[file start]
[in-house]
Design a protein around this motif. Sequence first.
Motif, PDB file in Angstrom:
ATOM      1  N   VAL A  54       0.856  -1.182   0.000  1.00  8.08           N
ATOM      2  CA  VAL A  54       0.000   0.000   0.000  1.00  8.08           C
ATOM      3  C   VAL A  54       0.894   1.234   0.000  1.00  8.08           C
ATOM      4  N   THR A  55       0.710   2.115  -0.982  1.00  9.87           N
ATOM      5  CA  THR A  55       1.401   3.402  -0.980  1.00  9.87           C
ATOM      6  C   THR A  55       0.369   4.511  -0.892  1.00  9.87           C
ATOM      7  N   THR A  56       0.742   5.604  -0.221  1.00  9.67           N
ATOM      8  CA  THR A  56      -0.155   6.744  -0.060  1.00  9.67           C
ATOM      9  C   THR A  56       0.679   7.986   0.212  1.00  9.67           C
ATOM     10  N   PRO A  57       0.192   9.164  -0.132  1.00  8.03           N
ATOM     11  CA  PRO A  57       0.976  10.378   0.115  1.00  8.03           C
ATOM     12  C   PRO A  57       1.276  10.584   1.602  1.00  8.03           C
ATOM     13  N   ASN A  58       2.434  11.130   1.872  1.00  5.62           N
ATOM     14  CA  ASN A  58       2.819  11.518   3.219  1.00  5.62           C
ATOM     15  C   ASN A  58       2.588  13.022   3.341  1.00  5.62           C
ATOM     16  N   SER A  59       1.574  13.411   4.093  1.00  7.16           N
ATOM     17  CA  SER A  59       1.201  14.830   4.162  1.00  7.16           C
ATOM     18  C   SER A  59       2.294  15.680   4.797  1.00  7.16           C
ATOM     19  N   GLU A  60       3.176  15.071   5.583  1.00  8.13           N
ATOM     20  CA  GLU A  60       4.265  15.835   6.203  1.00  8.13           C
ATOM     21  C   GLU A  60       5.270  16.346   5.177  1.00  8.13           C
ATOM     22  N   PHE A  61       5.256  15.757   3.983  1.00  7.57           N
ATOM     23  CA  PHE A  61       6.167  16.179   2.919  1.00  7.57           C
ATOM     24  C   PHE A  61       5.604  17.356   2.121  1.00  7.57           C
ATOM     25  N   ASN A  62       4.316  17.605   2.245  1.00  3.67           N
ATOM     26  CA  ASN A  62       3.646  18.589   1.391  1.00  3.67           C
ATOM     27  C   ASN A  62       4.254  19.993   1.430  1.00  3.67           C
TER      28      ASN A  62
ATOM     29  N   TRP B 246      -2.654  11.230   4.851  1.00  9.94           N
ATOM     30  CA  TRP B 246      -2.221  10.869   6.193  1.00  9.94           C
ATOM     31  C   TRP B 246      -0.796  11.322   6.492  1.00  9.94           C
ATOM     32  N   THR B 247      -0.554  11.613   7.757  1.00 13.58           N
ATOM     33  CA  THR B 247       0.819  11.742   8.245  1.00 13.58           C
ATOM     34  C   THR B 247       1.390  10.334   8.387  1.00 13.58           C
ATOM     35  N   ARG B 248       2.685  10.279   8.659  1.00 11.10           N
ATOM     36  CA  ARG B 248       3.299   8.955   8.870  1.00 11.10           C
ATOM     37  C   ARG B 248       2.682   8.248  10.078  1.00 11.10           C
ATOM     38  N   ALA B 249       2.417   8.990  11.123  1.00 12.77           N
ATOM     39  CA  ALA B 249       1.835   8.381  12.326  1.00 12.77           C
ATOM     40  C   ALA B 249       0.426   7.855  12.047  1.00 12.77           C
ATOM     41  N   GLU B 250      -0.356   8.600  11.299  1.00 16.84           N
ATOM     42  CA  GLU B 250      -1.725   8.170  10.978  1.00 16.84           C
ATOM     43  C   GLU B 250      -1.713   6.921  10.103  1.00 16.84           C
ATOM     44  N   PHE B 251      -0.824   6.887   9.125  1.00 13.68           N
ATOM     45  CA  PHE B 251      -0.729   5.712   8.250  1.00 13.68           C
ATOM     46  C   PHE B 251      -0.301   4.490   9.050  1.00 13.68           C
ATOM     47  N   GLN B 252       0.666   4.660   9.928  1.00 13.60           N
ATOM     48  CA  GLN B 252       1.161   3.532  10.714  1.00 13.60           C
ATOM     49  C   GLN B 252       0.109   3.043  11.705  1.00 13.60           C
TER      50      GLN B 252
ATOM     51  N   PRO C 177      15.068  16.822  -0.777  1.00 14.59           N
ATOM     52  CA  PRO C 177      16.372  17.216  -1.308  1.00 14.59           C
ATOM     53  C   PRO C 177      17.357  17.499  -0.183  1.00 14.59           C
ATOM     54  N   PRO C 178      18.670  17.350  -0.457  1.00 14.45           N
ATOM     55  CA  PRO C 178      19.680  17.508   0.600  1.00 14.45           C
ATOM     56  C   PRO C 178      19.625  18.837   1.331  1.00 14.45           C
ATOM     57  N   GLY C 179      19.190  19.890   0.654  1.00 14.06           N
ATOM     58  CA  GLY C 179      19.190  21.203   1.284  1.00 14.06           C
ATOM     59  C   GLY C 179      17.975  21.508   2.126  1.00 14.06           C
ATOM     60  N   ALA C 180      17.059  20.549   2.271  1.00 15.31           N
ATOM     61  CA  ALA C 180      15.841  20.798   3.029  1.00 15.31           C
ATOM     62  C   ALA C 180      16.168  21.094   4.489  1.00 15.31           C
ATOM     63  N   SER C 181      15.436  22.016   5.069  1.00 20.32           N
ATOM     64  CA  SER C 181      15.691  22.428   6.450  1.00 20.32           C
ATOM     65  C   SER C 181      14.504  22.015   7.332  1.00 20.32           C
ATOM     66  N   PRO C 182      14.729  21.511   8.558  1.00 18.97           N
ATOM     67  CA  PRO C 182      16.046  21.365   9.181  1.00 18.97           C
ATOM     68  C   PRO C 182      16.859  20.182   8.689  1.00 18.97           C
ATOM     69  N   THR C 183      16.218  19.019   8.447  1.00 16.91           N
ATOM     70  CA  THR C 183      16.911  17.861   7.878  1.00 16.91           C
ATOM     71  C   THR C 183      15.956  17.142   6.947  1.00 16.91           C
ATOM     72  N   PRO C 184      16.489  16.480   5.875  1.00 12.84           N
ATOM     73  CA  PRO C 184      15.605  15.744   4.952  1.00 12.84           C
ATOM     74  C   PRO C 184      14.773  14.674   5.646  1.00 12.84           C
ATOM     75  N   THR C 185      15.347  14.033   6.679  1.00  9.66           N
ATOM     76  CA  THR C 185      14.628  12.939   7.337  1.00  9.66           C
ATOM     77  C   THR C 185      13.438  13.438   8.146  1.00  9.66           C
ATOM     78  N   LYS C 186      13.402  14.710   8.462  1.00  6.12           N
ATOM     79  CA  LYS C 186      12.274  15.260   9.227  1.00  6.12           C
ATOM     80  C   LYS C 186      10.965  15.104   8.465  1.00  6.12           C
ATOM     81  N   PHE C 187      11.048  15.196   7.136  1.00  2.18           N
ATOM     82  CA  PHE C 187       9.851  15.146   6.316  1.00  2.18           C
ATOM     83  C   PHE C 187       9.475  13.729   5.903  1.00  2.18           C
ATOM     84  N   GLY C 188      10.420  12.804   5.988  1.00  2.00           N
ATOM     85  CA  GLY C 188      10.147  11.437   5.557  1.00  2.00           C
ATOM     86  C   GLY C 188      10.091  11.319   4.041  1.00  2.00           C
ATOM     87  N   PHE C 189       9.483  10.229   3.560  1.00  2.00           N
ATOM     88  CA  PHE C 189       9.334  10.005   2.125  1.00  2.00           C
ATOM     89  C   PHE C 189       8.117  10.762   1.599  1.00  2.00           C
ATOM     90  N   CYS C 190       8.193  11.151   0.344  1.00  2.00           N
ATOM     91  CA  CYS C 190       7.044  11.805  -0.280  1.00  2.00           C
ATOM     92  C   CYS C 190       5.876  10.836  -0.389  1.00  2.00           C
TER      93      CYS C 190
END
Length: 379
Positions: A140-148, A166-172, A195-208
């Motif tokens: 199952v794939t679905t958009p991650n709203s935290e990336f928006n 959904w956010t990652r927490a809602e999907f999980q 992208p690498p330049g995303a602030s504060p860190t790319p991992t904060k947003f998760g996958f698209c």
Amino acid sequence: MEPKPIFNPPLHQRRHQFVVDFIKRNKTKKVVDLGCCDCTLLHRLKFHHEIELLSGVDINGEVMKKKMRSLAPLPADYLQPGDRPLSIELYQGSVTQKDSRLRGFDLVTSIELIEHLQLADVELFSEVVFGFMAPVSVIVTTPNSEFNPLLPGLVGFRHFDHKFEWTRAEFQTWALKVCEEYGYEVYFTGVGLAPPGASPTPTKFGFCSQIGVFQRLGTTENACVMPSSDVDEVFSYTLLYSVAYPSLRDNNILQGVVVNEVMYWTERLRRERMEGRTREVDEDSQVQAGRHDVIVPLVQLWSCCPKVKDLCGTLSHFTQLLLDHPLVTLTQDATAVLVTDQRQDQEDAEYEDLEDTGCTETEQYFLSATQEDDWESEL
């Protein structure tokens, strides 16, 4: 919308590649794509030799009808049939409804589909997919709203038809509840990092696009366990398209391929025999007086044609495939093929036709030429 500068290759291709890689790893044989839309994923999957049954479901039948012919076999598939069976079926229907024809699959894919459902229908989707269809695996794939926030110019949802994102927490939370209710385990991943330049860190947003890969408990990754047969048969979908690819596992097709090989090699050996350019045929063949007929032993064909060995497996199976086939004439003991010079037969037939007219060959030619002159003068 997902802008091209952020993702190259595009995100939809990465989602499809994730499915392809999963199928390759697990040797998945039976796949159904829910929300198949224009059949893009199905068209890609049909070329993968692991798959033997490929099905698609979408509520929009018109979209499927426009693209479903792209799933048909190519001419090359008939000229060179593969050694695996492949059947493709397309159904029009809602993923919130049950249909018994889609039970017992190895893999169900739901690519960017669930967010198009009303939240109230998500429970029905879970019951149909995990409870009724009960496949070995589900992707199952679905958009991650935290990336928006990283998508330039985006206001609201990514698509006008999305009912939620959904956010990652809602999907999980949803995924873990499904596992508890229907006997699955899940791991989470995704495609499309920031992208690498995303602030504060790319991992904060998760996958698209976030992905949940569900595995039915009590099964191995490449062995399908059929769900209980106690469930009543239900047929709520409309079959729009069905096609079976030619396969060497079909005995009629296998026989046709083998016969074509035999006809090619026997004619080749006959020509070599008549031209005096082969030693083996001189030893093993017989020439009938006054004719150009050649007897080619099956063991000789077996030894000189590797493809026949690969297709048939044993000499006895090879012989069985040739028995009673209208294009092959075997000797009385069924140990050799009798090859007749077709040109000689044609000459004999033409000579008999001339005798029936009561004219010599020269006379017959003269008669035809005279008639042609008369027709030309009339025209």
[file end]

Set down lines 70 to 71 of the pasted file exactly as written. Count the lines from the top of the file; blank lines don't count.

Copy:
ATOM     67  CA  PRO C 182      16.046  21.365   9.181  1.00 18.97           C
ATOM     68  C   PRO C 182      16.859  20.182   8.689  1.00 18.97           C